The publication data currently available has been vetted by Vanderbilt faculty, staff, administrators and trainees. The data itself is retrieved directly from NCBI's PubMed and is automatically updated on a weekly basis to ensure accuracy and completeness.
If you have any questions or comments, please contact us.
The role of cholecystokinin in bombesin-stimulated pancreatic secretion in dogs was examined by the use of a specific cholecystokinin antagonist, proglumide. The primary component of bombesin-stimulated pancreatic secretion at the lowest tested dose was due to cholecystokinin, with only 25 percent of bombesin-stimulated protein output preserved during proglumide infusion. Maximal stimulation of cholecystokinin release was achieved by even the lowest dose of bombesin, whereas dose-related increases in bombesin-stimulated protein secretion were observed. This increase in exocrine secretion is probably explained by increased direct bombesin stimulation. Our findings suggest that the maximal dose of bombesin is lower for cholecystokinin release than its effective dose for enzyme secretion. We conclude that, in all probability, postprandial release of bombesin (or its analogue, gastrin-releasing peptide) affects pancreatic function primarily through release of cholecystokinin.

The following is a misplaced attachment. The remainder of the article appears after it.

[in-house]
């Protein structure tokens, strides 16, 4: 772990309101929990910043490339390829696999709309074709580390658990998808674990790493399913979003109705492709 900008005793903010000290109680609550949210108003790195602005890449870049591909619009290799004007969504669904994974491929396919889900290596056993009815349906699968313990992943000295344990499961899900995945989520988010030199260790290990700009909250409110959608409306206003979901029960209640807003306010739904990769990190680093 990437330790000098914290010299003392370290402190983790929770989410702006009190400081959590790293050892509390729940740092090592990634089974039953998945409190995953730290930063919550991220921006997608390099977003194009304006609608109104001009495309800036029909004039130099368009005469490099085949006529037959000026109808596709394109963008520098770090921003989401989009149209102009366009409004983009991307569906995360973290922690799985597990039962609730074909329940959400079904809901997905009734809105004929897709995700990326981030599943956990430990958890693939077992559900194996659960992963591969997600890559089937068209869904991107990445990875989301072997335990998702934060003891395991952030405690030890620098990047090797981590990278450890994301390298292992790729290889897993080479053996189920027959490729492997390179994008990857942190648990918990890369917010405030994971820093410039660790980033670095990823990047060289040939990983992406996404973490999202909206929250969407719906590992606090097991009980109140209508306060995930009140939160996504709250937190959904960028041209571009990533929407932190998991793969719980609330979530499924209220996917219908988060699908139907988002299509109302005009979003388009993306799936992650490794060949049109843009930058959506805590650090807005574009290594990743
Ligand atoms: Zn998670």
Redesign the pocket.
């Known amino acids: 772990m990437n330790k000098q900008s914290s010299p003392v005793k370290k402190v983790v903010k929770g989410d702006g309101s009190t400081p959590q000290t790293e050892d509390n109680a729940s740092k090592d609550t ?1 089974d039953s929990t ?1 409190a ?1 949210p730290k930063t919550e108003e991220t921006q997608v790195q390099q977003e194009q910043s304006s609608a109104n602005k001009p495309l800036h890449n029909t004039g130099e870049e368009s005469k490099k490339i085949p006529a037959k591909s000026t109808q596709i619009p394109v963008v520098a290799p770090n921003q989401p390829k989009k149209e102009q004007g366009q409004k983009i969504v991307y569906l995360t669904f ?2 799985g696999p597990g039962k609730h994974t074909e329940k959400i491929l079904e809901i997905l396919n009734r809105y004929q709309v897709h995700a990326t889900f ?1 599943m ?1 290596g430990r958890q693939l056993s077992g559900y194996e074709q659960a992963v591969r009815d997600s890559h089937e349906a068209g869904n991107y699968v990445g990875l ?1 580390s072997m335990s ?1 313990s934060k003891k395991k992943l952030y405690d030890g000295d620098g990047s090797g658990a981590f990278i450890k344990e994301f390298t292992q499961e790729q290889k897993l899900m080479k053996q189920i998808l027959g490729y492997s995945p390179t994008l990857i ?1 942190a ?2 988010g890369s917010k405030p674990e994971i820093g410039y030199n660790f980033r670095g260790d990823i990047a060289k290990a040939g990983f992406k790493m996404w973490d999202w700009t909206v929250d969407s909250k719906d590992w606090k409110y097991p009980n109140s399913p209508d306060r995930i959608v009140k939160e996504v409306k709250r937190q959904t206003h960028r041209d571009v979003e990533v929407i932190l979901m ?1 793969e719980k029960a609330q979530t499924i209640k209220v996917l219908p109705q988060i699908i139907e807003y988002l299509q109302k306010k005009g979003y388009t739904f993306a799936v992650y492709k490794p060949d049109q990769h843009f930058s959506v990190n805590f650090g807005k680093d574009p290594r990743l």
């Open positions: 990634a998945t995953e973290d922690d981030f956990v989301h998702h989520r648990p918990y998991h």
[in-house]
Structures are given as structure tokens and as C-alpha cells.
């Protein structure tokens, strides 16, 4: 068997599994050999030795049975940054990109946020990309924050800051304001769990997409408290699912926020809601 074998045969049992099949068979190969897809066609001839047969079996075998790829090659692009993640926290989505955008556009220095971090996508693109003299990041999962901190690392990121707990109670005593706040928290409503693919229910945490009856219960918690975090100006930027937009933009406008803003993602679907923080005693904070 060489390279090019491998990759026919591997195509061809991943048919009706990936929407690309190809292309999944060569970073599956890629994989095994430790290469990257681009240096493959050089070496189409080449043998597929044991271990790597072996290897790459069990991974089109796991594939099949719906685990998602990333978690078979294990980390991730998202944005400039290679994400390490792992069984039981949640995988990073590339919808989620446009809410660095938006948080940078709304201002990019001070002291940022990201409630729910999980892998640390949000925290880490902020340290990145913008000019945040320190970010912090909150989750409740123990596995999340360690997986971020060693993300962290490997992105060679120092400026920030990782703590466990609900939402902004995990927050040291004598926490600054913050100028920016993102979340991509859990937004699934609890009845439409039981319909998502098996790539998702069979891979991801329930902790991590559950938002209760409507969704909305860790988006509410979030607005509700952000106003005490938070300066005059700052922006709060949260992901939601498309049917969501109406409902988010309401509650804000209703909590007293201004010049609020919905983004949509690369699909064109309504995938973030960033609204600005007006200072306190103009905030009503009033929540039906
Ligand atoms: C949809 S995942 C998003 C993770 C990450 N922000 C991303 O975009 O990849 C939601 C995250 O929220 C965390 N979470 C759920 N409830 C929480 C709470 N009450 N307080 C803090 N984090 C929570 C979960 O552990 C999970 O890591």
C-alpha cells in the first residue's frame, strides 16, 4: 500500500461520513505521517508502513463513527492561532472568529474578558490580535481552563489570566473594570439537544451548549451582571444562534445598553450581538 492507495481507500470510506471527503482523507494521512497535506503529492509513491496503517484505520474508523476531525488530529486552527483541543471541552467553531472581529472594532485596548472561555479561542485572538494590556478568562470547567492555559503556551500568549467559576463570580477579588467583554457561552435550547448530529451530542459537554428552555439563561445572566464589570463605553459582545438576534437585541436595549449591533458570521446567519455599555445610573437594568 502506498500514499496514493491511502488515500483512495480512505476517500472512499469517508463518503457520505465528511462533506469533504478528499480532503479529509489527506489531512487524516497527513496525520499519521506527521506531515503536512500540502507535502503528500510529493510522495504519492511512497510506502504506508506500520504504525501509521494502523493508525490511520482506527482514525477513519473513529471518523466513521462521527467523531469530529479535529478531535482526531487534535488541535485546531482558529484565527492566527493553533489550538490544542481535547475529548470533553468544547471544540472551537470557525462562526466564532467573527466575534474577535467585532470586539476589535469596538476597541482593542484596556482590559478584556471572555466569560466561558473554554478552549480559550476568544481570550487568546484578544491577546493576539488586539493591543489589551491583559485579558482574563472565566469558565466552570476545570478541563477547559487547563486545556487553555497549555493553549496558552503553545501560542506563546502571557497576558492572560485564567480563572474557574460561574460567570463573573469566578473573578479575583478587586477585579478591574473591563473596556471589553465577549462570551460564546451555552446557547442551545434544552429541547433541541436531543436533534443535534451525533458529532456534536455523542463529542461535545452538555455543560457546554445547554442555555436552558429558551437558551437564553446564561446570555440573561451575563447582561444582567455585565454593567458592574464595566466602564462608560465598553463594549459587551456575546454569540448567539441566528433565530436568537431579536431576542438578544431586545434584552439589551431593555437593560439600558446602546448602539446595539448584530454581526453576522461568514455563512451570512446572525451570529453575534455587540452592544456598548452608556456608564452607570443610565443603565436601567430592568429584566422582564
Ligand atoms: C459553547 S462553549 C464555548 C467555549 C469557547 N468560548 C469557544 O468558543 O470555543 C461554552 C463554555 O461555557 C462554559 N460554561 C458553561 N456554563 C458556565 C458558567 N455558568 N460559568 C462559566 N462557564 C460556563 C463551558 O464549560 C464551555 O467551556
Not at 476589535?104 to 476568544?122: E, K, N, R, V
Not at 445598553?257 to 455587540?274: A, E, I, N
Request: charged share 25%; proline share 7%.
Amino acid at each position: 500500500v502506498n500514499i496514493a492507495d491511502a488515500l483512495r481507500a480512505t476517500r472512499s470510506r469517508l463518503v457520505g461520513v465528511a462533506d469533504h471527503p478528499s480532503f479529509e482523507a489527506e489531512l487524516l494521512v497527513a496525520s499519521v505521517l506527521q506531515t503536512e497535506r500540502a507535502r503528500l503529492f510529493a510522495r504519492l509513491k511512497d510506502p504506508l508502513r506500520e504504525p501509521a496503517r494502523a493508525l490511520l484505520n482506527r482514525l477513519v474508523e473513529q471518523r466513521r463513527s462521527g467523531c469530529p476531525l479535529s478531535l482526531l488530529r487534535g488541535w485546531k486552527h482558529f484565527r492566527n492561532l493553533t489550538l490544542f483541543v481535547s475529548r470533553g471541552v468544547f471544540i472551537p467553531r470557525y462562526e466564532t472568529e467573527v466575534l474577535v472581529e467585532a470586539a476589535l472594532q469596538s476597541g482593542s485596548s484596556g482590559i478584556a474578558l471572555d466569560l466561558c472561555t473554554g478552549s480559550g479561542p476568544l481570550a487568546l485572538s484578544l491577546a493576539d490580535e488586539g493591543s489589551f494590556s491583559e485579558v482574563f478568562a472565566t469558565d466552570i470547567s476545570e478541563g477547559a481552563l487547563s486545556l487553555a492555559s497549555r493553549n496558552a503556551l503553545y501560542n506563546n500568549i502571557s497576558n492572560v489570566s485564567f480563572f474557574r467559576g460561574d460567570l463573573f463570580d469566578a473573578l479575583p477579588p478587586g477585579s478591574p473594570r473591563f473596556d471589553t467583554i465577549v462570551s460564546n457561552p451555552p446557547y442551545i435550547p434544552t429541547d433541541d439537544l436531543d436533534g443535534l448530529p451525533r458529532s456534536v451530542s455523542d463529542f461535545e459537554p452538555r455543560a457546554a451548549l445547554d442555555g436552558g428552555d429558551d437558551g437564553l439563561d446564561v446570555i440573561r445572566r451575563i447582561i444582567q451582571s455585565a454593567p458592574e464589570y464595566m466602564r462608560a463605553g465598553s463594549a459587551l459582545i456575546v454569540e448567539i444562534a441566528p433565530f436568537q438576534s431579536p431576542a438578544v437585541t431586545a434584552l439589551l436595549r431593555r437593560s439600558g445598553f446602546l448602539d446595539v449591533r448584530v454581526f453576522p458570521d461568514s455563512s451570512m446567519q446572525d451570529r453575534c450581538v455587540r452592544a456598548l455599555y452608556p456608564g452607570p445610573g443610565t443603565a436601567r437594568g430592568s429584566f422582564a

We have recently demonstrated that gastrin stimulates growth of mouse colon cancer (MC-26) in vivo by regulation of gastrin receptors (GR). In the present study, we have tested the effect of proglumide (PGL), a GR antagonist, on the trophic and GR-regulatory effects of gastrin on MC-26 tumors. Four groups of 12 mice each were inoculated with 5 X 10(4) MC-26 cells and given injections of either normal saline (control), pentagastrin (PG), PGL, or both PG + PGL for 21 days. At the end of the treatment period, body, tumor, fundic, and colon weights were noted and GR measured. Two types of specific gastrin-binding sites were found on tumor cell membranes of control mice, one with high binding affinity (Kd = less than 1.0 nM) and low capacity (GR), and the other with a very high capacity and a low affinity (Kd = greater than 0.1 microM) (type 2 gastrin-binding sites). Only the type 1 GR were observed on the fundic mucosal and colon membranes. PG treatment resulted in a significant weight increase of the tumors with an up-regulation of only type 1 GR. On the other hand, PG had no significant effect on fundic mucosal and colonic GR levels, but caused a significant increase in fundic mucosal weights. PGL completely inhibited both the trophic and GR up-regulatory effects of PG on tumors, but incompletely reduced the PG-stimulated fundic mucosal weight gain, indicating differential sensitivity of tumor and normal tissues to PGL. PGL, in the absence of PG, was slightly trophic for normal fundic mucosa, but had no effect on MC-26 tumors and normal colon. The one striking effect of PGL, in the presence of PG, was the significant lowering of the binding affinity of type 1 GR for gastrin on both the tumor and normal gastrointestinal tissues. This effect may be another mechanism by which PGL interferes with the actions of PG on MC-26 tumors and fundic mucosa of mice.